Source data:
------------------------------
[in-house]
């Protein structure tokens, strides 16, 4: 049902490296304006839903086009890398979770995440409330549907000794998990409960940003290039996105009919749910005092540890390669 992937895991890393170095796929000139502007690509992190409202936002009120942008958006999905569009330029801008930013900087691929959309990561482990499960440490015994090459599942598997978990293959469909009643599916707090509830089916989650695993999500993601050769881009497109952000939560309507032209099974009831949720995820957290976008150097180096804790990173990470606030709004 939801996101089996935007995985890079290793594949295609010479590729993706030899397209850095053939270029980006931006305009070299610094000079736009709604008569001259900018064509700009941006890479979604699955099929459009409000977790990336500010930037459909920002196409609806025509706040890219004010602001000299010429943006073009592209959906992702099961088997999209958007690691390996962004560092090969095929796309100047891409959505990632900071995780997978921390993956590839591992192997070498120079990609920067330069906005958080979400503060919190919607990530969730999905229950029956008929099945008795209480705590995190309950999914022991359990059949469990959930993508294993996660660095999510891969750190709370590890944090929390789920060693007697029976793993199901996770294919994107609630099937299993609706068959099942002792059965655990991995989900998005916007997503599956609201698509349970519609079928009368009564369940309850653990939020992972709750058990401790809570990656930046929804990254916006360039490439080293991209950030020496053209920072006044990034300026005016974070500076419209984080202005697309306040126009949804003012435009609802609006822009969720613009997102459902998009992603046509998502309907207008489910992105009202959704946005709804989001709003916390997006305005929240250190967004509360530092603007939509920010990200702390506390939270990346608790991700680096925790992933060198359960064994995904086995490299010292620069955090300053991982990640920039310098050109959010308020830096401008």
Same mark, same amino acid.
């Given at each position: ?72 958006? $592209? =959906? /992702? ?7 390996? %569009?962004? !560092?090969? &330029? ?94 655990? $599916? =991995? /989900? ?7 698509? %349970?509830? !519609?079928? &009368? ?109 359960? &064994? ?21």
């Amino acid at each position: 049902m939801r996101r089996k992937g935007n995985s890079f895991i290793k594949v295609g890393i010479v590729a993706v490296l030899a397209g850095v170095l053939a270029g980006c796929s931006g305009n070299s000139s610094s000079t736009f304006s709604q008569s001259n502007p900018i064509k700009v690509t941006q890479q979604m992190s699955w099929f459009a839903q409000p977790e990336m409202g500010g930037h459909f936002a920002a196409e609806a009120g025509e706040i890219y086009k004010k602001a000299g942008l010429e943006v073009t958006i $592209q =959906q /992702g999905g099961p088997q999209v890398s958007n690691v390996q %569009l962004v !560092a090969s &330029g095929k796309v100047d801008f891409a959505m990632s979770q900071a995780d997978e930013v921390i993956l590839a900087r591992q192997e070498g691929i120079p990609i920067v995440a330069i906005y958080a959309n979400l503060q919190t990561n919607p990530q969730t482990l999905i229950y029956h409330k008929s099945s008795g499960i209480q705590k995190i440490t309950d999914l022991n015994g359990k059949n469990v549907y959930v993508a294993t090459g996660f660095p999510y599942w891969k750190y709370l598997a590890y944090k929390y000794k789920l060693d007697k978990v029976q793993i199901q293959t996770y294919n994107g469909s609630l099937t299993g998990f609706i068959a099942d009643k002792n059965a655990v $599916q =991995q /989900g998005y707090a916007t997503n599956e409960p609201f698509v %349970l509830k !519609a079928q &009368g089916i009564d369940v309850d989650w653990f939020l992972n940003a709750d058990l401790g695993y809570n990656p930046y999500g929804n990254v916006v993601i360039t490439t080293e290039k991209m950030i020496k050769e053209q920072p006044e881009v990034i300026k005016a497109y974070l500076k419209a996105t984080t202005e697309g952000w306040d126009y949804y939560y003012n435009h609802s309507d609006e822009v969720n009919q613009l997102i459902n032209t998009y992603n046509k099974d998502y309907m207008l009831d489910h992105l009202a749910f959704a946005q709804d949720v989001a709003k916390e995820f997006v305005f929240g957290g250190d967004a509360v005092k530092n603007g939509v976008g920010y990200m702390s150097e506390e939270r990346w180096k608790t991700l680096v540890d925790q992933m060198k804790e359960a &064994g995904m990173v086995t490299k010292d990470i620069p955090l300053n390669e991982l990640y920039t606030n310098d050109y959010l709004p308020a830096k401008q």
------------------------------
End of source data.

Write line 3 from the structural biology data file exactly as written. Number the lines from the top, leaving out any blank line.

Same mark, same amino acid.